Experiential marketing is widely perceived to be a new phenomenon, especially in B2B circles. However, B2C brands have been implementing experiential activations for years.

Wrigley’s and Pabst (debuted products using experiential tactics during the 1893 World’s Columbian Exposition, and seasonal events such as conventions, music festivals, and the Super Bowl) have provided brands with ideal customer engagement settings for decades.

People love novelty, which is one reason popup shops, mobile tours, and similar tactics were so successful before COVID-19. Now, people crave that connection, and virtual events provide attendees with an opportunity to “leave” their houses, so to speak.

B2B buyers are consumers, too, and the same experiential-activation techniques that work for retail brands can also drive B2B sales: eye-catching design elements, experiences that engage people’s physical senses, and authentic interactions.


Although the ongoing COVID-19 pandemic has largely halted big brand activations, experiential marketing will bounce back when the world is safe. In the meantime, B2B companies that seek new ways to reach and convert buyers should study B2C brand activations to learn successful engagement tactics.

The following three tactics allow buyers to experience brands tangibly, even when it may be impossible to engage physically.


1. Invoke brand storytelling

Modern buyers want to know about the companies they do business with. That trend is perhaps even more salient in the B2B world, where customers often view vendors as partners (and vice versa). B2B companies should therefore use events such as tradeshows and sales meetings to talk about more than just product specs and case studies. They should share company heritage and origin stories, or discuss core values such as sustainability or innovation, to build a stronger emotional connection with buyers.

A compelling brand story doesn’t have to be about the brand itself. It can be any story that points to a larger sense of purpose and demonstrates the company’s values. Skittles provided a great example of brand storytelling when it celebrated Pride Month in partnership with GLAAD. The candymaker, known for its rainbow-colored sugar shells, removed all colors from its packaging for the month to draw attention to “the only rainbow that matters in June.” As LGBTQIA+ nonprofits struggled to generate donations amid the pandemic, Skittles pledged to donate $1 to GLAAD for every one of the colorless Pride Packs sold.

2. Make events interactive

The isolating impact of the coronavirus pandemic has made it even more important to facilitate connection and engagement through interactive content.

Great activations allow consumers to get their hands on what brands are selling—whether those products are physically present, or available digitally—in virtual reality or augmented reality.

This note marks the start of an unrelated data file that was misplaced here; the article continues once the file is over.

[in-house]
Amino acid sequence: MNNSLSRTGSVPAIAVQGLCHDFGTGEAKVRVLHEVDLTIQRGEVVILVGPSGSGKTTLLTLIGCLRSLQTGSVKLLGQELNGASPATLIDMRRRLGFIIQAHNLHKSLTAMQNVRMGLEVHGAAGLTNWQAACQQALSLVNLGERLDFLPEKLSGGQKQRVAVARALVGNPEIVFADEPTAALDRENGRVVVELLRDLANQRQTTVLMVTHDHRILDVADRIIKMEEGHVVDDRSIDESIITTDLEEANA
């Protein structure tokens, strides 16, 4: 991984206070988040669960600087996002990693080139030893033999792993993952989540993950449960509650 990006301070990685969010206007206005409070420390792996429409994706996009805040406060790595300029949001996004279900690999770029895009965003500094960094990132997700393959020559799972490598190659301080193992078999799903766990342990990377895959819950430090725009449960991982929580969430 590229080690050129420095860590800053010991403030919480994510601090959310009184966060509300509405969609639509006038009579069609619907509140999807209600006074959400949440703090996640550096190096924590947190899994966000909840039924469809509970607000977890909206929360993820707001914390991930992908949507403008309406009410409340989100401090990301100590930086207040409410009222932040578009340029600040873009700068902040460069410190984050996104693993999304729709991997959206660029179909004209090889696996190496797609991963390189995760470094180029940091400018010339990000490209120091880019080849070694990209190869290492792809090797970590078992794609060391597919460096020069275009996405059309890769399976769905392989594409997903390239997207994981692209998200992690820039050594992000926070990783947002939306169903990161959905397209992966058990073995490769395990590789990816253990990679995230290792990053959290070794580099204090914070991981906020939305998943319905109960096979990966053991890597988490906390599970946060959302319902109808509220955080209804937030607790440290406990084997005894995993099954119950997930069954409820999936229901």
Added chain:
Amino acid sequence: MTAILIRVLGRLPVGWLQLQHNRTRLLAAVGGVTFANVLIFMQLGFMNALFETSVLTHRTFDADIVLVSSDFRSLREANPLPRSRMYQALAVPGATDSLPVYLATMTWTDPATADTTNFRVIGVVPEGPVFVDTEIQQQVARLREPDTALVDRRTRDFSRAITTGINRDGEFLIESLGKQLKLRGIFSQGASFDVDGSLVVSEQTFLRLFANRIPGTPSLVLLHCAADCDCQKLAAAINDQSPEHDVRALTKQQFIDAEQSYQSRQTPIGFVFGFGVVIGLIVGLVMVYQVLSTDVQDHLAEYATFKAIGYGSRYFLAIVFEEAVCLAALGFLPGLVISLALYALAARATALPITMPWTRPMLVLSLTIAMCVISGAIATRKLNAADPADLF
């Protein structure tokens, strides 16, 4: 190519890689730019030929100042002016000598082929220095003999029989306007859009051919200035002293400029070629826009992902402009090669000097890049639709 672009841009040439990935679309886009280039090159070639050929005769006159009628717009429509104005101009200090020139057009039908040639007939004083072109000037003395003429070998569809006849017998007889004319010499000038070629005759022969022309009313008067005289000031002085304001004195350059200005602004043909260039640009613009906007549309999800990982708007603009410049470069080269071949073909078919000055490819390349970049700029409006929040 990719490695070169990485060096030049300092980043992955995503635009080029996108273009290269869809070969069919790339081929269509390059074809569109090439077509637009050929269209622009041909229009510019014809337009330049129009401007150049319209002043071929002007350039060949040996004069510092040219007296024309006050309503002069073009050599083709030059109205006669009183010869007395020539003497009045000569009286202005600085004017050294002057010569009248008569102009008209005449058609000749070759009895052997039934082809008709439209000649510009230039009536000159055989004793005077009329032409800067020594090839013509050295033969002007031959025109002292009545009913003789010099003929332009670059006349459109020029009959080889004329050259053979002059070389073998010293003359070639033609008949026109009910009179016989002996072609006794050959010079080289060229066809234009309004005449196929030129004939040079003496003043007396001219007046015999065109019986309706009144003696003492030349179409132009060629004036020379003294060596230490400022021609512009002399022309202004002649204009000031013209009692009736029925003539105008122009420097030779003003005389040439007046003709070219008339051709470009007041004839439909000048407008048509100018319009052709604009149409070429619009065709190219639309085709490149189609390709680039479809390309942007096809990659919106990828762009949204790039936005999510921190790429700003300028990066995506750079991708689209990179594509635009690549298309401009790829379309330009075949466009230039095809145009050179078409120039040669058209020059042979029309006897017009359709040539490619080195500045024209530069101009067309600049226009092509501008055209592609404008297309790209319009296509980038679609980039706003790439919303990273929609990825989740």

For example, the pharmaceutical firm Argenx (a client of my company) hosted a two-hour virtual event in June to celebrate the launch of MG United, a platform the company created that connects people who suffer from the autoimmune disease myasthenia gravis. Attendees could learn about a new education platform developed to help MG patients, attend an interactive Q&A with creators of a soon-to-be-released film about people with the disease, and participate in a virtual art therapy session.

For B2B companies selling software or products that might not be as “exciting” or accessible to the average person, implementing an activation that is exciting and accessible can help a business stand out in the minds of prospective buyers who may be considering competitors’ products.

Companies can provide hands-on remote training opportunities, or offer virtual tours of their manufacturing facilities or office spaces. That demonstrates innovative thinking and technological capabilities that B2B buyers will associate with the company’s product—even if it’s not advanced technology.

3. Generate authentic engagement

Modern consumers, especially younger ones, crave authenticity from brands. The same is true of B2B buyers, and experiential activations provide the perfect setting for authentic interactions with prospects.

But what does authentic engagement look like?

Unlike traditional product demos or sales meetings, which are often driven by formal Q&A sessions and tend to focus on moving toward a predetermined outcome, experiential events allow for spontaneous interaction that isn’t always directly linked to an outcome.

In other words, effective experiential events aren’t crammed with incentives enticing participants to make a purchase. Instead, they help achieve attitudinal alignment between buyer and seller. That’s because customers who identify with a brand in terms of values, perspectives, and expectations won’t need the same incentivizing as those who don’t.

* * *

Activations can achieve a wide range of goals for B2B organizations, especially at a time when many companies aren’t focused on experiential marketing. Right now, opportunities abound for companies that have refined their capabilities for remote work and virtual sales.

Experiential activations easily transfer to a digital landscape, so businesses should use the tactics in this article to create online experiences that further their marketing efforts.

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